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Experimental High Energy Physics

Publications

Measurement of the structure function of the nearly free neutron using spectator tagging in inelastic H2(e,e′ps)X scattering with CLAS

Publicaciones

Measurement of the structure function of the nearly free neutron using spectator tagging in inelastic H2(e,e′ps)X scattering with CLAS

Research areas:

Física Experimental de Alta Energía

Year:

2014

Type of Publication:

In Proceeding

Authors:

Journal:

Phys.Rev.

Volume:

C89

Pages:

28

Abstract:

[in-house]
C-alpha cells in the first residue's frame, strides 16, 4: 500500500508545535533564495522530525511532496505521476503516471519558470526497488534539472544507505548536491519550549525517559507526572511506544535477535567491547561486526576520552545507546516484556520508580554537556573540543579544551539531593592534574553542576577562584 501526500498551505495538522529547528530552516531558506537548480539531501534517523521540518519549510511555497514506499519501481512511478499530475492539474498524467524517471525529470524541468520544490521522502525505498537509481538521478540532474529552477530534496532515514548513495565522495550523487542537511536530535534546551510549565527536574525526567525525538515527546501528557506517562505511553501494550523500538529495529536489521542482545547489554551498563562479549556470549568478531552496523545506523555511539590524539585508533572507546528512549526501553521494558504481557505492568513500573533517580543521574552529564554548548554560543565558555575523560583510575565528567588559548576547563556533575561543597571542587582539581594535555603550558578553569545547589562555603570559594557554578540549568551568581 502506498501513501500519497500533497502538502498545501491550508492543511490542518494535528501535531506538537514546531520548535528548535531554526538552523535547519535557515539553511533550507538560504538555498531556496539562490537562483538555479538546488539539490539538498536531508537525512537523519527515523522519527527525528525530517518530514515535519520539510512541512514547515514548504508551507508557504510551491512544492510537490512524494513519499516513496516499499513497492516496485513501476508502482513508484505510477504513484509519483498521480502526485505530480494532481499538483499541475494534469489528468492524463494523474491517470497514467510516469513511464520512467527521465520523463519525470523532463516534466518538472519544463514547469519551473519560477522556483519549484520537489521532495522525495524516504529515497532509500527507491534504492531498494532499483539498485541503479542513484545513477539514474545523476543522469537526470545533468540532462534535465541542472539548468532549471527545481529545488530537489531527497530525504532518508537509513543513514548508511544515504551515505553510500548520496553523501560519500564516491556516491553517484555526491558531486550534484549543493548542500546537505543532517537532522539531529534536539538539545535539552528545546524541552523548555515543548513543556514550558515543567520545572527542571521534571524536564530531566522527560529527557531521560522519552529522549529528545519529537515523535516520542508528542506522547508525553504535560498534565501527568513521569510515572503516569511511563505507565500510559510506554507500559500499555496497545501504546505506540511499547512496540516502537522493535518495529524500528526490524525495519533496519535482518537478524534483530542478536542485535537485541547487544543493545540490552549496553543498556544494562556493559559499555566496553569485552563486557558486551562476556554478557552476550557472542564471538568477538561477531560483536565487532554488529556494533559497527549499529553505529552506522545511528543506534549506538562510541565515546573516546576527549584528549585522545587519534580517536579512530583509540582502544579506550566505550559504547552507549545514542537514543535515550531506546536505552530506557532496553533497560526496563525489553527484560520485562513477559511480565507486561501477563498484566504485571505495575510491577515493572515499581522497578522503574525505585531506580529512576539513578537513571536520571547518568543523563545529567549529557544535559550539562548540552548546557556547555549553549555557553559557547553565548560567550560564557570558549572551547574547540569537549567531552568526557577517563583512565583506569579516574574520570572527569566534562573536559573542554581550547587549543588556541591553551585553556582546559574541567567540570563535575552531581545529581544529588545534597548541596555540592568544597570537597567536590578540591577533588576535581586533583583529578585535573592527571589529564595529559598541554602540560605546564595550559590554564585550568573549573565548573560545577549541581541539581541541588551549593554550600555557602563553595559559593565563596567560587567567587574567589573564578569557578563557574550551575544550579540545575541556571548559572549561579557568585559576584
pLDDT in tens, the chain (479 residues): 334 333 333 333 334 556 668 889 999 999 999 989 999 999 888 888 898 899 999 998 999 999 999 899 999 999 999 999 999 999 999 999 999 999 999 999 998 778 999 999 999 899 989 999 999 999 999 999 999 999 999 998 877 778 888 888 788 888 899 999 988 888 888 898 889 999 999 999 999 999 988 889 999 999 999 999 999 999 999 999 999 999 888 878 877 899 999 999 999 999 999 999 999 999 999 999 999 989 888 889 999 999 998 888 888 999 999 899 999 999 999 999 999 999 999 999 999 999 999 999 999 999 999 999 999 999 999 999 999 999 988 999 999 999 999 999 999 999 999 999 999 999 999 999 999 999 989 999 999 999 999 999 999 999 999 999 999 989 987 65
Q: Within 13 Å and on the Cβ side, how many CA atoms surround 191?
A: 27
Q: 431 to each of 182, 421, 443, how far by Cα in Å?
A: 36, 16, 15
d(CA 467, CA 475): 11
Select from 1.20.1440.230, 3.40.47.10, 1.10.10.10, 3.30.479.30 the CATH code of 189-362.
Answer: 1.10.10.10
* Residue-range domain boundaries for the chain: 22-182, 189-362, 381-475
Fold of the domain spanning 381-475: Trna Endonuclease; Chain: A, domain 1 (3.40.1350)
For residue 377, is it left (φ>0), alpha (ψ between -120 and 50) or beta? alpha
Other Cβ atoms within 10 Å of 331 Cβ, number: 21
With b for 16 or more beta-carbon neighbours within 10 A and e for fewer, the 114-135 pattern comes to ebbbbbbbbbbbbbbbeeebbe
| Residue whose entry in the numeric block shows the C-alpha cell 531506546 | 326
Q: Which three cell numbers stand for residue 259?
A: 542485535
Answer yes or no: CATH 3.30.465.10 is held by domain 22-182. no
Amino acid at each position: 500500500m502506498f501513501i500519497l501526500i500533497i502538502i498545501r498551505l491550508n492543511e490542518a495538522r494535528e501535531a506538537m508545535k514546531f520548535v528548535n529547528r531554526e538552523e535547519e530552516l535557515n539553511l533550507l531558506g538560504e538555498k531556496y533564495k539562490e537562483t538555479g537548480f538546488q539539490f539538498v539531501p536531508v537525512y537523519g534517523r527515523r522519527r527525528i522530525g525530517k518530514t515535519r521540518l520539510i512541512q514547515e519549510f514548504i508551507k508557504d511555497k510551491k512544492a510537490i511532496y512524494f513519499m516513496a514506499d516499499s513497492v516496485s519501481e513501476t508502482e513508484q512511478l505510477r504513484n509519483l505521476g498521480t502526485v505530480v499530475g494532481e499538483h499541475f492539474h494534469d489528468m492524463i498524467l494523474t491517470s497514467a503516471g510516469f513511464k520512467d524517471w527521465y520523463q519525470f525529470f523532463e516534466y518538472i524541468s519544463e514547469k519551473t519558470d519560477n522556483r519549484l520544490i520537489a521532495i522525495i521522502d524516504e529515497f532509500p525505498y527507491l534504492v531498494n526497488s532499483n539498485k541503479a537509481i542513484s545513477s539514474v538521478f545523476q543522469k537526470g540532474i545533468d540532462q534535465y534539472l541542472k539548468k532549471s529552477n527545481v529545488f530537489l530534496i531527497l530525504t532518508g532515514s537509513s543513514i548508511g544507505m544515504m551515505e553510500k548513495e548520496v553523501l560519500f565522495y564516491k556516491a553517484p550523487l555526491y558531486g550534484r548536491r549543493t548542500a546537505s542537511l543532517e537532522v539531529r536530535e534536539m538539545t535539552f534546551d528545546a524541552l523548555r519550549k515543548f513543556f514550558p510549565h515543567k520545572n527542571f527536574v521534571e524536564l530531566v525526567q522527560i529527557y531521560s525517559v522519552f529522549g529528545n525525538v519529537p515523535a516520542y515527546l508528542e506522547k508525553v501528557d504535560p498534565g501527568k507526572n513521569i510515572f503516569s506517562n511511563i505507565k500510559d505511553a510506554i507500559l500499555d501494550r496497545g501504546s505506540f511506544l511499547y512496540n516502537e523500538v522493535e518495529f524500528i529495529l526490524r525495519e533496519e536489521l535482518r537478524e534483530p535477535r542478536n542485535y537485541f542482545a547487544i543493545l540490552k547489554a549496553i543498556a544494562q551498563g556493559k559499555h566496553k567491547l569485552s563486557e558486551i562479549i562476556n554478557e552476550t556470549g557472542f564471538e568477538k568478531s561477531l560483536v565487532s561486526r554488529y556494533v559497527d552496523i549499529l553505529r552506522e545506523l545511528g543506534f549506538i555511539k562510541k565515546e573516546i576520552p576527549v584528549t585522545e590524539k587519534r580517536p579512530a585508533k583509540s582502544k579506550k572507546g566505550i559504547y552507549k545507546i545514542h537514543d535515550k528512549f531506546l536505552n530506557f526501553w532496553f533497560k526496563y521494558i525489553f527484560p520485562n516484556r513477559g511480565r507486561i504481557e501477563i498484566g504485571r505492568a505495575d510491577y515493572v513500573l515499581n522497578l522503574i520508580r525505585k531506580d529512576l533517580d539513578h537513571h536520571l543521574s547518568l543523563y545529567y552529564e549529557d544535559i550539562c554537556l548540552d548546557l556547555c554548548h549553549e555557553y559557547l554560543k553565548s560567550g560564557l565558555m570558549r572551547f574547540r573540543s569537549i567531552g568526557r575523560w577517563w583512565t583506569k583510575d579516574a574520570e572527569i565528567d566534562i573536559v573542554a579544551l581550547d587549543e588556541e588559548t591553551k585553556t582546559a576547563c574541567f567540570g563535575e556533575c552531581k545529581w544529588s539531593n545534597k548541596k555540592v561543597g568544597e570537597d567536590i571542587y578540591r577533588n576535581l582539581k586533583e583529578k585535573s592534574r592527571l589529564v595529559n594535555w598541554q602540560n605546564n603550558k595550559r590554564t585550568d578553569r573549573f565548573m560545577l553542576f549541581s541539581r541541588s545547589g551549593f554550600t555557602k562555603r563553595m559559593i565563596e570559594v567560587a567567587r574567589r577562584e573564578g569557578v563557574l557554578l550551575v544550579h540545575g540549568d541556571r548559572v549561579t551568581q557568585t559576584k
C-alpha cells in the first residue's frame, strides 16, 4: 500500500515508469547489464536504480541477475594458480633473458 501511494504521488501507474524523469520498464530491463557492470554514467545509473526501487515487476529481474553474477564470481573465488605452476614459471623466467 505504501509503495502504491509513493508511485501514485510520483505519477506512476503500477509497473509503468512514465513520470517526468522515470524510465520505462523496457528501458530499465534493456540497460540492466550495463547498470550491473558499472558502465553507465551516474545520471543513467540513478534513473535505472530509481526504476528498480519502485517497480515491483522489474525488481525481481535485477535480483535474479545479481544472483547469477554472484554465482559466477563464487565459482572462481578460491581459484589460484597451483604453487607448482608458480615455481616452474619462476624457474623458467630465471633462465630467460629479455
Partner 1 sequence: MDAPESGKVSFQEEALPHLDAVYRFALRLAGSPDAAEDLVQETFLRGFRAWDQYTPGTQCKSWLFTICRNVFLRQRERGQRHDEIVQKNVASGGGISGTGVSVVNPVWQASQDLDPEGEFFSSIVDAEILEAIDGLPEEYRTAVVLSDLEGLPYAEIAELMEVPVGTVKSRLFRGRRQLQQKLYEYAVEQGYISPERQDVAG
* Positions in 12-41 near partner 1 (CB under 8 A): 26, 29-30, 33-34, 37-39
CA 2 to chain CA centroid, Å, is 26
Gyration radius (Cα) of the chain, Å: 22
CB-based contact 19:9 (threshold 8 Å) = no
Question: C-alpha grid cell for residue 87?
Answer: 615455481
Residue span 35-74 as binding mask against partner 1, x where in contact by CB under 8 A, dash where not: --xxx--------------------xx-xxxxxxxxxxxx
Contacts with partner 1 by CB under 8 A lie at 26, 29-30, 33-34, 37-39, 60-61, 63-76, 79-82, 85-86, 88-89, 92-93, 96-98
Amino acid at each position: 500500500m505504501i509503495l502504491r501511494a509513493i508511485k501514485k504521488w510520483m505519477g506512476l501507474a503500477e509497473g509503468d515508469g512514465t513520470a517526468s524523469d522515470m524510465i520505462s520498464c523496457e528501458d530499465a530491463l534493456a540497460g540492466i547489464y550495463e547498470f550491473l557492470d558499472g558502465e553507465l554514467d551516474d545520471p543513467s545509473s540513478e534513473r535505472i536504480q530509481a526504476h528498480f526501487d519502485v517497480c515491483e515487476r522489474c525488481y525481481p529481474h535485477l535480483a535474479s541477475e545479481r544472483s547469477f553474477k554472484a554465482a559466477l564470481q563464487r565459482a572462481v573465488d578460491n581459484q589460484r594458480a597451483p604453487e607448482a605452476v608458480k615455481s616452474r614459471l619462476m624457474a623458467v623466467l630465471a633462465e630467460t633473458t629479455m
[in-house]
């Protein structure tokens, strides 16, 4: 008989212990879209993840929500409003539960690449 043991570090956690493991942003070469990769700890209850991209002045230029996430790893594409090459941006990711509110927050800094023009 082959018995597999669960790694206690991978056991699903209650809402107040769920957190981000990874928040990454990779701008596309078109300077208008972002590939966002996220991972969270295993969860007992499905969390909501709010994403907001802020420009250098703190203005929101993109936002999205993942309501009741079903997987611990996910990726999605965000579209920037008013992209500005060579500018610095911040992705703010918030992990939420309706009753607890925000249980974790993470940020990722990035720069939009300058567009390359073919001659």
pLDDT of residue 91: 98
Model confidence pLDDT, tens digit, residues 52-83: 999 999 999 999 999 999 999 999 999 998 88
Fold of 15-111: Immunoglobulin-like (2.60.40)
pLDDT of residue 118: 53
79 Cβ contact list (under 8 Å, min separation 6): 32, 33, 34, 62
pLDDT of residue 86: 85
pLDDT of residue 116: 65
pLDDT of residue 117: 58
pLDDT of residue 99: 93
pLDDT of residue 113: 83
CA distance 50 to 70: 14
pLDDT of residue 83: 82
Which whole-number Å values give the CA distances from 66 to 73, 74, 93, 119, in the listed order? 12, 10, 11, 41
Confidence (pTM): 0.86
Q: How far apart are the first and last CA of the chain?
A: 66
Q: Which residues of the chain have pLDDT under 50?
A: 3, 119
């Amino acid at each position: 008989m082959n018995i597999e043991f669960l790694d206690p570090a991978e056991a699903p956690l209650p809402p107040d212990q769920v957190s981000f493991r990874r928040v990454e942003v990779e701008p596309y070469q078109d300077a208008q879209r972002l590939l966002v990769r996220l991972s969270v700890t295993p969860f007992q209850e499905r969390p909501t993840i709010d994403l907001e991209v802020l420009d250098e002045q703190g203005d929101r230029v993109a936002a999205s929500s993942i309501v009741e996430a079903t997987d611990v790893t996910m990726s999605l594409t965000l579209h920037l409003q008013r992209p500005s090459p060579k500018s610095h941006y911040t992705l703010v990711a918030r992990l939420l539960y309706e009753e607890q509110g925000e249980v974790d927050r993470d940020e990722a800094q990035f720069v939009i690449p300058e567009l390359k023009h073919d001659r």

Much less is known about neutron structure than that of the proton due to the absence of free neutron targets. Neutron information is usually extracted from data on nuclear targets such as deuterium, requiring corrections for nuclear binding and nucleon off-shell effects. These corrections are model dependent and have significant uncertainties, especially for large values of the Bjorken scaling variable x. The Barely Off-shell Nucleon Structure (BONuS) experiment at Jefferson Lab measured the inelastic electron deuteron scattering cross section, tagging spectator protons in coincidence with the scattered electrons. This method reduces nuclear binding uncertainties significantly and has allowed for the first time a (nearly) model independent extraction of the neutron structure function. A novel compact radial time projection chamber was built to detect protons with momentum between 70 and 150 MeV/c. For the extraction of the free neutron structure function F2n, spectator protons at backward angle and with momenta below 100 MeV/c were selected, ensuring that the scattering took place on a nearly free neutron. The scattered electrons were detected with Jefferson Lab's CLAS spectrometer. The extracted neutron structure function F2n and its ratio to the deuteron structure function F2d are presented in both the resonance and deep inelastic regions. The dependence of the cross section on the spectator proton momentum and angle is investigated, and tests of the spectator mechanism for different kinematics are performed. Our data set can be used to study neutron resonance excitations, test quark hadron duality in the neutron, develop more precise parametrizations of structure functions, as well as investigate binding effects (including possible mechanisms for the nuclear EMC effect) and provide a first glimpse of the asymptotic behavior of d/u as x goes to 1.

 

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